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  LISA as a general tool for statistical inference in fMRI

Lohmann, G., Stelzer, J., & Scheffler, K. (2019). LISA as a general tool for statistical inference in fMRI. Poster presented at 25th Annual Meeting of the Organization for Human Brain Mapping (OHBM 2019), Roma, Italy.

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Item Permalink: http://hdl.handle.net/21.11116/0000-0003-C48E-0 Version Permalink: http://hdl.handle.net/21.11116/0000-0004-3FF4-3
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Lohmann, G1, 2, Author              
Stelzer, J1, 2, Author              
Scheffler, K1, 2, Author              
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1Department High-Field Magnetic Resonance, Max Planck Institute for Biological Cybernetics, Max Planck Society, ou_1497796              
2Max Planck Institute for Biological Cybernetics, Max Planck Society, Spemannstrasse 38, 72076 Tübingen, DE, ou_1497794              

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 Abstract: Introduction: We have recently proposed a new approach called LISA for statistical inference of fMRI data (Lohmann et al, 2018). LISA incorporates spatial context via a nonlinear filter so that no initial cluster-forming threshold is needed, and spatial precision is largely preserved. Multiple comparison correction is achieved by controlling the false discovery rate in the filtered maps. In our previous publication, we have described this method only for first-level (single-subject) designs using precoloring as a technique for incorporating temporal autocorrelation, and for simple second-level designs (onesample and twosample group studies). Here we introduce an extension of LISA so that most scenarios in fMRI-based research are covered. Specifically, LISA can now also use prewhitening for single-subject analyses, and it can handle arbitrary 2nd-level designs matrices. LISA can thus serve as a general tool for statistical inference in fMRI. Methods: GLM-based 2nd level analysis: The input into LISA for a general 2nd-level inference is a list of 1st-level contrast maps together with a 2nd-level design file and a contrast vector. The output is a map thresholded such that FDR < alpha for every voxel. For ease of use, the 2nd-level LISA software is compatible with format requirements of FSL (Jenkinson et al, 2012). In particular, the 2nd-level design file is a text file that may be generated manually or using a GUI such as FSL's Glm. LISA uses random permutations for statistical inference, (Winkler et al 2014, 2016). In some cases - for example repeated measures designs - permutations must be constrained to ensure exchangeability. These constraints are specified in an additional file which also follows format specifications compatible with FSL. Single subject analysis using prewhitening: The input into LISA for a single subject analysis is a preprocessed 4D fMRI data set, a design matrix and a contrast vector. The output is a map thresholded such that FDR < alpha for every voxel. For the prewhitening approach, temporal autocorrelations are modelled as described in (Worsley et al, 2002). A null model is estimated based on random permutations of task labels. This approach requires that the experimental design is properly randomized and the inter-trial distances are large enough so that the trials are independent and task labels are exchangeable. We applied LISA using prewhitening and SPM using the Gauss Random field model to single subject data acquired at a 9.4T Siemens Magnetom scanner. For SPM, we performed spatial smoothing using FWHM=2.4mm (twice the voxel size) with an initial cluster-forming threshold p=0.001. For LISA no smoothing was used. The subject (female, 29 yrs) performed an n-back task, where each trial consisted of the presentation of ten faces. Trials lasted for 20 secs and started with a brief presentation of the task type (2-back or 0-back). Each run consisted of 8 trials (4x 2-back and 4x 0-back), the order of the trials was randomized. Five runs of about 4.5 minutes each were recorded. For an application of the new 2nd-level LISA in a reach-and-grasp experiment, see (Molla et al, submitted to OHBM 2019). Results: We applied statistical inference to the single subject data as described above, focusing on the contrast '2-back minus 0-back'. We found that LISA found more activation areas in anatomically plausible regions. In the SPM based result, spatial acuity was diminished due to spatial smoothing (Fig. 1). Conclusions: Due to problems regarding lack of statistical power and inflated false positive rates improved statistical inference tools are urgently needed. Furthermore, ultrahigh field scanners >= 7T are becoming more widespread and require algorithms that preserve spatial precision, so that spatial smoothing and cluster-forming thresholding can be avoided. Here we have introduced a generalized version of the LISA algorithm. We believe that it will help to address the needs of the human mapping community.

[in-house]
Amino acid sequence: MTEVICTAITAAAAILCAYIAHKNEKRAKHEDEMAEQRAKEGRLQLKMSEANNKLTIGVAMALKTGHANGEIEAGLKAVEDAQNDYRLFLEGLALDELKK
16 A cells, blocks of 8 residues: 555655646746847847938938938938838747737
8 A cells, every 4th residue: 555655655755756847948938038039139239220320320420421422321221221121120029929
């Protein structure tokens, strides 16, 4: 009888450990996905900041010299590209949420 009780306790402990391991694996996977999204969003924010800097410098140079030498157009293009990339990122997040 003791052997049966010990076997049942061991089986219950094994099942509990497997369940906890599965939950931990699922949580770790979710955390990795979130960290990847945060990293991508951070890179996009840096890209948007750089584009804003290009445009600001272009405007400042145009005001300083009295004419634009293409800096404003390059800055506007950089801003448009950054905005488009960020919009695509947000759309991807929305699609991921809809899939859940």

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 Dates: 2019-06
 Publication Status: Published online
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Title: 25th Annual Meeting of the Organization for Human Brain Mapping (OHBM 2019)
Place of Event: Roma, Italy
Start-/End Date: 2019-06-09 - 2019-06-13

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Title: 25th Annual Meeting of the Organization for Human Brain Mapping (OHBM 2019)
Source Genre: Proceedings
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Pages: - Volume / Issue: - Sequence Number: M829 Start / End Page: - Identifier: -